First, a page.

HIV to bind. The competition between HIV and helper CD4

cells commences as the virus accumulates in the lymph

nodes. There the virus multiplies at an extraordinarily high

rate. At the same time, the helper CD4 cells are proliferating

at a great rate. However, the degree at which the virus is

generated is much greater to that of the CD4 cells. It is

believed that HIV does not kill by gradually undermining the

immune system’s ability to produce helper CD4 cells, but

rather by overwhelming the finite regenerative capacity of

the system. Furthermore, AIDS is triggered when the

infecting virus mutates and diversifies into so many different

strains that the immune system is suddenly overpowered.

The diverse variations of HIV strains are different enough

from the original to elude the immune system [19].

Ever since its first isolation in 1984, HIV has generally

been accepted as the causative agent of AIDS. However, the

discovery of HIV also led to a broadening of the view that

ROS play a critical role in the expression of HIV and the

development of AIDS [20]. It has been reported that the

virus induces OS by disturbing cellular antioxidant defense

and initiating oxidative reactions [21]. Advanced cases of

HIV infection renders individuals susceptible to opportunistic

infections, which take advantage of the progressive

immunodeficiency caused by HIV. Since cellular redox

status is a normal physiological variable, any imbalance may

elicit cellular response through proliferation, transcriptional

activation, or apoptosis [17]. For this reason, recent reports

suggest that OS is a principal mechanism in the progression

of AIDS [21-23].


156 The Open Reproductive Science Journal, 2011, Volume 3 Kashou and Agarwal

A. CD4 + Depletion

Cellular CD4 immunodeficiency at an early stage is a

hallmark of HIV infection. Several antigens may bind to

receptor sites and trigger apoptosis in CD4 + T-cells.

Apoptosis is a normal process of programmed cell death that

the body utilizes in destroying infected cells. However, when

T-lymphocytes become infected, their elimination results in

a weakened immune function at a time in which the body

needs it most. The body is faced with a dilemma of promoting

apoptosis to eliminate HIV, yet consequently

lowering the body’s resistance to HIV [24].

Since OS can induce apoptosis, ROS may trigger

apoptotic pathways responsible for the initial T-cell depletion

upon HIV infection. A study that examined the relationship

among CD4 + T-cell count, spontaneous apoptosis,

and Fas expression from HIV-1 infected patients found an

increase in both Fas expression and apoptosis, which was

consistent with CD4 depletion [25]. Aires et al. support these

findings, noting a significant increase in Fas expression on

CD4 + T-cells from HIV-positive individuals compared to

HIV-negative individuals [26]. Therefore, increased Fas

expression on CD4 + T-cells and OS at the time of infection

correlate to the elevated levels of apoptosis found in HIVinfected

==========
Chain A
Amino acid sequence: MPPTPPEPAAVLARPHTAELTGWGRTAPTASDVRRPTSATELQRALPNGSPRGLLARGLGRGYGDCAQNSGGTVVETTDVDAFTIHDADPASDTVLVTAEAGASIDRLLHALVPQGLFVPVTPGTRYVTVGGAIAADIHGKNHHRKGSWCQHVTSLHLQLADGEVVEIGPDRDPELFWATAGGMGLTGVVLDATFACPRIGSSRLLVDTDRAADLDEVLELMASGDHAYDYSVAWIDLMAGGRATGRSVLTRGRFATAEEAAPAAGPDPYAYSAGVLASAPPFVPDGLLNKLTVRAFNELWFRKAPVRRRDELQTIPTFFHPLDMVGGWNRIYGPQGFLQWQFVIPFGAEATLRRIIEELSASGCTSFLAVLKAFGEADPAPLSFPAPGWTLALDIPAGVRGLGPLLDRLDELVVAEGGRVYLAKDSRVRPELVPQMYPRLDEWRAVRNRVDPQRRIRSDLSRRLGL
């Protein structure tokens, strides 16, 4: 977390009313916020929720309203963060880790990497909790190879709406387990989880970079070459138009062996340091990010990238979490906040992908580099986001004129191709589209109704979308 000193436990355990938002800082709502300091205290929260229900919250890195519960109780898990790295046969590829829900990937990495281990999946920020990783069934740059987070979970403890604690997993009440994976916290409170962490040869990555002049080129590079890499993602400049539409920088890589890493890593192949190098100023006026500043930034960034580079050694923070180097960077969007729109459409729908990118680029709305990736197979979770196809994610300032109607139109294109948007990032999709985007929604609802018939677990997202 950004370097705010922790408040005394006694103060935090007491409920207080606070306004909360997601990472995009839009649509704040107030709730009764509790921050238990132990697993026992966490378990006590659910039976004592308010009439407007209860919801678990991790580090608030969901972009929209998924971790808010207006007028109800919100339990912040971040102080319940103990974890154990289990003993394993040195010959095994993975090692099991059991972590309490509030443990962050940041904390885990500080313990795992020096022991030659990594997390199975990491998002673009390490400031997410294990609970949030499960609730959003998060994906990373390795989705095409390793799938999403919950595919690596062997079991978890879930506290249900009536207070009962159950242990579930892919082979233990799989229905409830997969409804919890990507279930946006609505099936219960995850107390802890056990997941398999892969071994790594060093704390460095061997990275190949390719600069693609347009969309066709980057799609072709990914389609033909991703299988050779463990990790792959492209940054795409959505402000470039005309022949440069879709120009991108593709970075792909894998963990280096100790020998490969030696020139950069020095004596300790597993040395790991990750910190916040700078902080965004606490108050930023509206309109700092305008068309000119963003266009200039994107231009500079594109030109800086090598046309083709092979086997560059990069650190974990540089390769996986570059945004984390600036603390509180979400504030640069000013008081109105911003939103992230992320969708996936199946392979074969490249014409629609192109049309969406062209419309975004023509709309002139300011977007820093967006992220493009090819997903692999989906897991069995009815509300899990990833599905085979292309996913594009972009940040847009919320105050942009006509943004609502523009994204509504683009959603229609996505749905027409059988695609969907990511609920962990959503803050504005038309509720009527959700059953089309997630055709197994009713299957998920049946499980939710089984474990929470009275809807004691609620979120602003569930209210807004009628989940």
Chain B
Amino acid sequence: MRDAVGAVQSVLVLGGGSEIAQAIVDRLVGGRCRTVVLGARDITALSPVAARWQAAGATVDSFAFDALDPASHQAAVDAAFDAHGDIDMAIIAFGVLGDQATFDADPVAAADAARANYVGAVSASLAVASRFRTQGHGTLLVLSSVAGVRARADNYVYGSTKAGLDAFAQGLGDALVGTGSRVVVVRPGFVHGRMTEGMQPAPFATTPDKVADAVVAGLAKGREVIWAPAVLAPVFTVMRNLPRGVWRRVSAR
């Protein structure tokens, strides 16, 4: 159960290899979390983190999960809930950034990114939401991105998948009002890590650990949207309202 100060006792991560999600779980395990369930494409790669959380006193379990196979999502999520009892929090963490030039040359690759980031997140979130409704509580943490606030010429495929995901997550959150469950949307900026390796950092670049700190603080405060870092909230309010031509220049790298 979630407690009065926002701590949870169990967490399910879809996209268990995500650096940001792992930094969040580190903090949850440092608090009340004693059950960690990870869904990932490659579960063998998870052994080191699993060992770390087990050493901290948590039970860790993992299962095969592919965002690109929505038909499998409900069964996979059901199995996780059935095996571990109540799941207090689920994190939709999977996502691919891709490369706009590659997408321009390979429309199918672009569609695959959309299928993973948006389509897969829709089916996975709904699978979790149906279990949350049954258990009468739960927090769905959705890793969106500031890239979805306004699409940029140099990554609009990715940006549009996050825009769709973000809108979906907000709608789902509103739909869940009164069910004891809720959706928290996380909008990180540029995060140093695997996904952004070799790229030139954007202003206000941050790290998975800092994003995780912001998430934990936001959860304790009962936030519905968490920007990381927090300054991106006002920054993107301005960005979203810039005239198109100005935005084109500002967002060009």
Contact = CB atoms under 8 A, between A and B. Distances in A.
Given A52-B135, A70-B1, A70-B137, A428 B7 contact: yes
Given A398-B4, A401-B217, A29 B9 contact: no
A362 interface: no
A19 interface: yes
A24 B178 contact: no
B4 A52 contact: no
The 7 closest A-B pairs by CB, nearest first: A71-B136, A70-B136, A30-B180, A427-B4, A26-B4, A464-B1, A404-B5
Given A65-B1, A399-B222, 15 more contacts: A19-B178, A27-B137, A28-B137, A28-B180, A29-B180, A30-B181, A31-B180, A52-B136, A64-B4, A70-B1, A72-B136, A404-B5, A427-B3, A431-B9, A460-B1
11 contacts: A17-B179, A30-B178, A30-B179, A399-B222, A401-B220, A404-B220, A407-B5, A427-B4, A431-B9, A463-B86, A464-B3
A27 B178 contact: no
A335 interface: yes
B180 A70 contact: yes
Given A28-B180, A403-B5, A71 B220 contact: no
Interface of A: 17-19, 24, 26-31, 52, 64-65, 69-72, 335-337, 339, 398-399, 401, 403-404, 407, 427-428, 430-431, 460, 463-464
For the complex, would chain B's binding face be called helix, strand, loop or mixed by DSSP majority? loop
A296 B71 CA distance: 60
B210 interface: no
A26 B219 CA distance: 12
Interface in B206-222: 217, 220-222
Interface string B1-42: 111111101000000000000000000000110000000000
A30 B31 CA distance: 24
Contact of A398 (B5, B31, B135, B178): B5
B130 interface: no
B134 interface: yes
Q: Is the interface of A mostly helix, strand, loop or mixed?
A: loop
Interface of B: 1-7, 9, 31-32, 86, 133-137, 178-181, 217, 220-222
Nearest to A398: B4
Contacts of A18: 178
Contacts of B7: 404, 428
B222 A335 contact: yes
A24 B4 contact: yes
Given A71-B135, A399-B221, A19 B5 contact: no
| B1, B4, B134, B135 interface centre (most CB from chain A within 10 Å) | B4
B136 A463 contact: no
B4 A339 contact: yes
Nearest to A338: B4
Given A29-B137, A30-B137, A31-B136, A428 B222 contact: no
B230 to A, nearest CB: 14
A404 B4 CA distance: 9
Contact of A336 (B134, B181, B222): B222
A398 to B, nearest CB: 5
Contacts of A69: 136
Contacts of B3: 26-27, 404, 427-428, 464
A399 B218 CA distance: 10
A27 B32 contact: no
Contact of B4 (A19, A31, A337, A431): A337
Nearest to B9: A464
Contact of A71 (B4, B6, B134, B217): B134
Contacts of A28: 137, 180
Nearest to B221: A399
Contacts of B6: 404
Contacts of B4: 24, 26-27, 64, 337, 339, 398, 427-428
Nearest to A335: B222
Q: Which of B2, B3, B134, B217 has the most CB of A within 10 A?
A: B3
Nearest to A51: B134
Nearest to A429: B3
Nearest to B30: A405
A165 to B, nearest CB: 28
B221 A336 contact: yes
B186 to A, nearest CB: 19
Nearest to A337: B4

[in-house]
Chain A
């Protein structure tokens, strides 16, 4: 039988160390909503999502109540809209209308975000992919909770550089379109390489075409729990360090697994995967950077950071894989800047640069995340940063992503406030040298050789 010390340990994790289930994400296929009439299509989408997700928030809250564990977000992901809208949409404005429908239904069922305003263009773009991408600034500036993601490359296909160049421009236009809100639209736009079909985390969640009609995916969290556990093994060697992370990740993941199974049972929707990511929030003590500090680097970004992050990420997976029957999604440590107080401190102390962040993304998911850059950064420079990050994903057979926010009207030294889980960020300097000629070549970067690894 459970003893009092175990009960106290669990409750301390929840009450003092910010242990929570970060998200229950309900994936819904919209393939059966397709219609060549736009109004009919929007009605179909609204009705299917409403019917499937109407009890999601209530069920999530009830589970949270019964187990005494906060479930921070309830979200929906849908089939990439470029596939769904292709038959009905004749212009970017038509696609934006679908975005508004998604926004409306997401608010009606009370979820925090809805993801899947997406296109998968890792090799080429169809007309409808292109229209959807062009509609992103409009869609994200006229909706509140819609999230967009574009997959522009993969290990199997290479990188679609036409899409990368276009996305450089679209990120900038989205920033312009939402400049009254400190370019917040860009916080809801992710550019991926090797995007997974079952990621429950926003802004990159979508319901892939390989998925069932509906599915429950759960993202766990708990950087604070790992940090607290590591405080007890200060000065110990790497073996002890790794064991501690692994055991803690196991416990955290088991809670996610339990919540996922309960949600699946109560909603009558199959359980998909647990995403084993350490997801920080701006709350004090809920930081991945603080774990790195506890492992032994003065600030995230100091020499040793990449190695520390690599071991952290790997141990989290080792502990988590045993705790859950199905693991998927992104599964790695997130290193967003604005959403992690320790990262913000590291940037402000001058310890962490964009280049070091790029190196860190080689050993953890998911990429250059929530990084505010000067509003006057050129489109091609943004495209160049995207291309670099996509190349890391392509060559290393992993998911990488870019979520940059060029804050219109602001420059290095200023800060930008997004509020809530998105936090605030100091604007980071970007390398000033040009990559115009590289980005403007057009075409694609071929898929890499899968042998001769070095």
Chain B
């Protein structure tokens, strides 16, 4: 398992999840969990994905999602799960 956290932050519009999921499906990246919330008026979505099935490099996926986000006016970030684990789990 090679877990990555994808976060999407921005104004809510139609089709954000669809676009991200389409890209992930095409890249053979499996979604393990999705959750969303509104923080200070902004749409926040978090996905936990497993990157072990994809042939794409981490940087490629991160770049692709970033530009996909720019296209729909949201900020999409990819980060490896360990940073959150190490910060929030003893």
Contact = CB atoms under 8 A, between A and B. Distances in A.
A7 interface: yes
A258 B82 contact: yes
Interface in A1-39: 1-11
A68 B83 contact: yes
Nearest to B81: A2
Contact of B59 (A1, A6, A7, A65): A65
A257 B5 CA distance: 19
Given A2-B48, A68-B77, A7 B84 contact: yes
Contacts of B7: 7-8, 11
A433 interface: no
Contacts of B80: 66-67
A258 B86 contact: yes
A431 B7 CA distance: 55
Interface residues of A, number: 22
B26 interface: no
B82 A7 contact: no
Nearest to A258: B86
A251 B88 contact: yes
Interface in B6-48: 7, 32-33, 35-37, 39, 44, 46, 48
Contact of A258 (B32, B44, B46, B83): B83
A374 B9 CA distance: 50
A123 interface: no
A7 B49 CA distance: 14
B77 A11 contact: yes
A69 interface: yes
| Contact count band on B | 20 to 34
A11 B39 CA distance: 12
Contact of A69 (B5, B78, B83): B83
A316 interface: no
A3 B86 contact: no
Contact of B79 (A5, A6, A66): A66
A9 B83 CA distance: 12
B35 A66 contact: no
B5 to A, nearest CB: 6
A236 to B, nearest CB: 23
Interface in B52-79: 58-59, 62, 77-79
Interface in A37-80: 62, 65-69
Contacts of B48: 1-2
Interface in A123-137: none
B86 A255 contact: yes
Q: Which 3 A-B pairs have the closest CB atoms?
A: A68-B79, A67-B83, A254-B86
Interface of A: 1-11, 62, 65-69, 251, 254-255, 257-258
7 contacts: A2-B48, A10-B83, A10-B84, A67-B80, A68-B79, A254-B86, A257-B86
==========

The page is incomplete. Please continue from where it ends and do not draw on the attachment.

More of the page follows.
individuals, and hence, T-cell depletion in HIV

disease [27]. This phenomenon has been well documented to

enhance disease progression [25, 26]. If it were possible to

suppress ROS levels at the onset of infection through

antioxidant treatment, this would reduce Fas expression,

activated apoptotic pathways and T-cell depletion, thereby

slowing disease progression.

B. Macrophages

Macrophages are white blood cells derived from monocytes.

They play a protective role by engulfing and digesting

cellular debris. In times of infection, macrophages dispose of

pathogens and enhance immune system response by stimulating

lymphocytes. Macrophages are among the first cells

infected by HIV. They are thought to serve as a reservoir,

protecting HIV from neutralizing antibodies, and to bud

HIV-1 primarily at the plasma membrane [28, 29]. Macrophages

can then transfer the virus during activation of other

immune cells. While T-cells die within a few days of HIV

infection, macrophages appear to exist for months, continuing

to release HIV. It has been shown that transmission

of HIV from macrophages to CD4 + T-cells occurs rapidly

[30]. In addition, activation under OS conditions during

HIV-infection were found to enhance inflammatory response

and impair phagocytic response, causing ineffective

clearance of apoptotic cells and the establishment of a

chronic inflammatory state [31]. Both of these may be

causative reasons behind the large T-cell depletion seen at

the early stages of infection.

C. Tat

The transactivator gene (tat) of HIV encodes for the tat

protein that activates immature T-lymphocytes. Tat is

thought to be responsible for the burst of HIV replication

that occurs when infected T-lymphocytes are stimulated.

This gene is unique in that it is composed of two separate

segments of DNA within the genome. Mutant strains of HIV

that lack tat react far less actively when antigens stimulate

the T-lymphocytes. Tat transforms T-cells into host cells

suitable for HIV infection. It is believed that the gene